We decided to continue with a Part 2 to this PL/Python series given the surprising popularity
of the first. In our first article appearing in our January 2009 issue Quick Intro to PLPython
we quickly went over installing PL/Python, doing a function that calls out to the operating system, and doing a quick encoder decoder.
In this article we will provide examples of basic Python controls structures and how to return sets in
Keep in mind that while you may love Python, some things are just better done in SQL language or PL/PGSQL language
so just because you can and you feel more of a comfort level with Python, doesn't mean you should forget about the other languages.
SQL and PL/PGSQL are still more intimately connected to the PostgreSQL architecture and don't have an additional environment dependency
to rely on. That said -- Python has a rich environment and is a much richer language in many respects so is ideal for certain kinds of problems.
We have mentioned time and time again, one of the great selling points of PostgreSQL is that it has so many languages to choose from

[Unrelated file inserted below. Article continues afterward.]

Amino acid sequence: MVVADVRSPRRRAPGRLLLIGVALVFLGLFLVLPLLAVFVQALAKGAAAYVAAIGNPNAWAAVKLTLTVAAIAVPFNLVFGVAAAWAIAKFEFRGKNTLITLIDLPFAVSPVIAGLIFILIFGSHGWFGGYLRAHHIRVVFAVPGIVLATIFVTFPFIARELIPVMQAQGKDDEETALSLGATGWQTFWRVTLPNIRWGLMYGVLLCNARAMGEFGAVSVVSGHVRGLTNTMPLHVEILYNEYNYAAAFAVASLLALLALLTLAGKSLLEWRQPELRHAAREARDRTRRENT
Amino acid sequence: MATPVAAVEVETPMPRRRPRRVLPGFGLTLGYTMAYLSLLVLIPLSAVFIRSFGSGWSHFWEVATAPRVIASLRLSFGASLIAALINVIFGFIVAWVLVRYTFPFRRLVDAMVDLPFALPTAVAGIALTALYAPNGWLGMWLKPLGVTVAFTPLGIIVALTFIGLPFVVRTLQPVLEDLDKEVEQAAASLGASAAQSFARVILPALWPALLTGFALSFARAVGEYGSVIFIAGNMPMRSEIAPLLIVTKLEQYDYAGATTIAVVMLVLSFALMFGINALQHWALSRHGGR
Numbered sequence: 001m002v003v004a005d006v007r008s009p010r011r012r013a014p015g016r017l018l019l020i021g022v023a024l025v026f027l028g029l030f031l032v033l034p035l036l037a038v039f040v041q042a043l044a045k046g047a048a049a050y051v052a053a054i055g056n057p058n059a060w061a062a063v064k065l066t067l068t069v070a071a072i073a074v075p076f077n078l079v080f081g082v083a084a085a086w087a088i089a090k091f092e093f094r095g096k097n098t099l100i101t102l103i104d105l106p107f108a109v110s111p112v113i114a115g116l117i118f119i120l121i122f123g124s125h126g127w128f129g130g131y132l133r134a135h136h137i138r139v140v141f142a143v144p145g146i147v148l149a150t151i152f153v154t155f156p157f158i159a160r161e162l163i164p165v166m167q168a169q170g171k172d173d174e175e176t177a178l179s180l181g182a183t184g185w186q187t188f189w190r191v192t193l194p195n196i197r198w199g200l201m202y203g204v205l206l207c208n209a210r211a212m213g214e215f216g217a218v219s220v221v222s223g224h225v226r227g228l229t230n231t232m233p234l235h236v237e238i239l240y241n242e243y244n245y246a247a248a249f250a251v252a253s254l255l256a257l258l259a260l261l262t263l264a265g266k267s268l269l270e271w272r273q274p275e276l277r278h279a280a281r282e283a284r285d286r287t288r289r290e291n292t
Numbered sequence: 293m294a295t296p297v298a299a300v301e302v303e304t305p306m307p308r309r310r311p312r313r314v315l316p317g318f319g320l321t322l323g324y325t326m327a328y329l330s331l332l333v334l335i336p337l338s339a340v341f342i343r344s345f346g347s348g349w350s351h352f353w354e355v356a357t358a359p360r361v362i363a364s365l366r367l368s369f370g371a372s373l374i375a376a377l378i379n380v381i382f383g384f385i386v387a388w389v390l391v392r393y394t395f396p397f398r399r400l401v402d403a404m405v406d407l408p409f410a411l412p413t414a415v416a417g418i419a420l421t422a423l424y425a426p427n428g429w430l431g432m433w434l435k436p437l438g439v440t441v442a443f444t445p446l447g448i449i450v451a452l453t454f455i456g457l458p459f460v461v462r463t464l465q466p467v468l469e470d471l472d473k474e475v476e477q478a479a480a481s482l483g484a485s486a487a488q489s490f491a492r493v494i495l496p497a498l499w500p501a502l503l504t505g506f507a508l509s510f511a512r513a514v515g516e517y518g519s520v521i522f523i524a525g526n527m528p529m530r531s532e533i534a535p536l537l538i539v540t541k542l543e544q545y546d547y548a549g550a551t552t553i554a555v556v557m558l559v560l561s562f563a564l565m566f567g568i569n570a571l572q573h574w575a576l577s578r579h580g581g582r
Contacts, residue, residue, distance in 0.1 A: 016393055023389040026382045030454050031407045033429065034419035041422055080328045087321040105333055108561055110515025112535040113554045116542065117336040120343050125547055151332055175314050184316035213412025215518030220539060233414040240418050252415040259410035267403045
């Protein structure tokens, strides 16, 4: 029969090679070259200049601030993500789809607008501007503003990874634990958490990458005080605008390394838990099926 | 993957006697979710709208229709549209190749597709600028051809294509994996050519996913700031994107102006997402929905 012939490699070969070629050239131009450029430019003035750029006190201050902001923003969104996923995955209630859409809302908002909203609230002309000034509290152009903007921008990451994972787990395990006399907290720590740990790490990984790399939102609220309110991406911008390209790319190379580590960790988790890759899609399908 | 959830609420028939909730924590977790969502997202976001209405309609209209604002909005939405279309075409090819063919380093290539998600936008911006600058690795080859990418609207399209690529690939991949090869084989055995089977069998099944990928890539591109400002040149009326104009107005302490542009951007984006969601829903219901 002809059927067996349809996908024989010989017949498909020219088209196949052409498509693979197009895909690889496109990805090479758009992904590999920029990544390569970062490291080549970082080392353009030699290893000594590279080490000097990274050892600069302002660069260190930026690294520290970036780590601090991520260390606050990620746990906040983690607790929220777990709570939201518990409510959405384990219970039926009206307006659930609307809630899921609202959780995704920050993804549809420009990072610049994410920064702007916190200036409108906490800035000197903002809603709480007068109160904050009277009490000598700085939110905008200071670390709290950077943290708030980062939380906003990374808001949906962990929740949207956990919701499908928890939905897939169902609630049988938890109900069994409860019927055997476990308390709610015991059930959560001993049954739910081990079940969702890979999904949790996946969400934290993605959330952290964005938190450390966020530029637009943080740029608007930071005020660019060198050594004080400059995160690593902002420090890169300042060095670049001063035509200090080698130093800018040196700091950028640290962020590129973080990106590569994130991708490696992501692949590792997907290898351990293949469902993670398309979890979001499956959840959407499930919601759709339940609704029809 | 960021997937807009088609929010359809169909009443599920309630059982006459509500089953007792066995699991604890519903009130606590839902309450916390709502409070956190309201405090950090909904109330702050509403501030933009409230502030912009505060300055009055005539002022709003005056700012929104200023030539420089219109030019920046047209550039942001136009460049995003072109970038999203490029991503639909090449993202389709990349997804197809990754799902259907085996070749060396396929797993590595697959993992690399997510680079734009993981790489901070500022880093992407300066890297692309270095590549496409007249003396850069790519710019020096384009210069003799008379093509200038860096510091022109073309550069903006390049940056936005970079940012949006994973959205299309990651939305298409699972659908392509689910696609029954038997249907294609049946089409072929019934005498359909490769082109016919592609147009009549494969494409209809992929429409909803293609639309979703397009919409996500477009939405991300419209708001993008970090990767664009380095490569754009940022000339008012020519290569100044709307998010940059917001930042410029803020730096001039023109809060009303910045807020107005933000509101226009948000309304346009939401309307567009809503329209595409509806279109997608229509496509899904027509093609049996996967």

for writing database stored functions and the code you write in those stored functions is almost exactly the same as what you would write when
writing in that language's environment. The reason for that is that PostgreSQL applies a thin layer around the environment the language lives in, so your code is really
running in that environment. The down-side of this approach is you must have that environment installed on the server. This is a bit different
from the Microsoft SQL Server model where code you write in VB.NET, C#, IronPython etc. gets translated into Common Runtime Logic (CLR) so your code is not
really running in the environment it would normally breathe in and if you have dependencies you have to enable them in the SQL Server GAC which is different
from the Server's .NET GAC.
In this section we shall introduce PL/Python - which is a PL language handler for Python that allows you to write PostgreSQL stored functions in Python. First of all I should start off
by saying that we are not proficient Python programmer's so if anyone sees anything wrong with what we say feel free to embarass us.
We are also taking this opportunity to test-drive PostgreSQL 8.4 on both Linux (OpenSUSE) and Windows,
using the EnterpriseDB PostgreSQL 8.4 beta
that Dave Page recently announced on his blog. This install is great if you are running Windows, MacOSX or Linux Desktop, but
sadly does not have PostGIS as part of the stack builder option.
For pure Linux Server CentOS/Redhat EL/Fedora no desktop installs or if you just feel more comfortable at the command-line,
PostgreSQL Yum repository generously maintained by Devrim is the one to go for.